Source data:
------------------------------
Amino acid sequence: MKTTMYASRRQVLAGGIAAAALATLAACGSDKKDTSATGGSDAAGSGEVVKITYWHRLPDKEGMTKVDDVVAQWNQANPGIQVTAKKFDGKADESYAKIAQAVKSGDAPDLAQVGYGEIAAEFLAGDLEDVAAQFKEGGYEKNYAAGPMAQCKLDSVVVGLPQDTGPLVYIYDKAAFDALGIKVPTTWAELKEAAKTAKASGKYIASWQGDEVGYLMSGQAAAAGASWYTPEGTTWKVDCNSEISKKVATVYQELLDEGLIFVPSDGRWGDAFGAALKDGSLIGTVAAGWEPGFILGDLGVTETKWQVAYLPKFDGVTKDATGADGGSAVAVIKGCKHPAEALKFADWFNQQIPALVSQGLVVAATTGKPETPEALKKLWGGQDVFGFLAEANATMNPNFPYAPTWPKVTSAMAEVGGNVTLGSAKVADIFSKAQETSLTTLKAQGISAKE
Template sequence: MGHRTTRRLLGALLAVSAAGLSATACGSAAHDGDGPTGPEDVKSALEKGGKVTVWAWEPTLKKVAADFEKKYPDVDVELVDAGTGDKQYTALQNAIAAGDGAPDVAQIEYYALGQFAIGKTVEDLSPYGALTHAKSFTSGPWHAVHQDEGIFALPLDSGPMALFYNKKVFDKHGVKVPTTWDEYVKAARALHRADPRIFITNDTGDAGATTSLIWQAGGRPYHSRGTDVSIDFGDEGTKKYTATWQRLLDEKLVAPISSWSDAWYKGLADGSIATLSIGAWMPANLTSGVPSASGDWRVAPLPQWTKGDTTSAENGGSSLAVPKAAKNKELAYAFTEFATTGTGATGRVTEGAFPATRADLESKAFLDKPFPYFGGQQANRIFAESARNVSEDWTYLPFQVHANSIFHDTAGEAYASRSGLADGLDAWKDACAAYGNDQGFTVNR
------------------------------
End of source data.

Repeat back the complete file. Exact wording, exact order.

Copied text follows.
Amino acid sequence: MKTTMYASRRQVLAGGIAAAALATLAACGSDKKDTSATGGSDAAGSGEVVKITYWHRLPDKEGMTKVDDVVAQWNQANPGIQVTAKKFDGKADESYAKIAQAVKSGDAPDLAQVGYGEIAAEFLAGDLEDVAAQFKEGGYEKNYAAGPMAQCKLDSVVVGLPQDTGPLVYIYDKAAFDALGIKVPTTWAELKEAAKTAKASGKYIASWQGDEVGYLMSGQAAAAGASWYTPEGTTWKVDCNSEISKKVATVYQELLDEGLIFVPSDGRWGDAFGAALKDGSLIGTVAAGWEPGFILGDLGVTETKWQVAYLPKFDGVTKDATGADGGSAVAVIKGCKHPAEALKFADWFNQQIPALVSQGLVVAATTGKPETPEALKKLWGGQDVFGFLAEANATMNPNFPYAPTWPKVTSAMAEVGGNVTLGSAKVADIFSKAQETSLTTLKAQGISAKE
Template sequence: MGHRTTRRLLGALLAVSAAGLSATACGSAAHDGDGPTGPEDVKSALEKGGKVTVWAWEPTLKKVAADFEKKYPDVDVELVDAGTGDKQYTALQNAIAAGDGAPDVAQIEYYALGQFAIGKTVEDLSPYGALTHAKSFTSGPWHAVHQDEGIFALPLDSGPMALFYNKKVFDKHGVKVPTTWDEYVKAARALHRADPRIFITNDTGDAGATTSLIWQAGGRPYHSRGTDVSIDFGDEGTKKYTATWQRLLDEKLVAPISSWSDAWYKGLADGSIATLSIGAWMPANLTSGVPSASGDWRVAPLPQWTKGDTTSAENGGSSLAVPKAAKNKELAYAFTEFATTGTGATGRVTEGAFPATRADLESKAFLDKPFPYFGGQQANRIFAESARNVSEDWTYLPFQVHANSIFHDTAGEAYASRSGLADGLDAWKDACAAYGNDQGFTVNR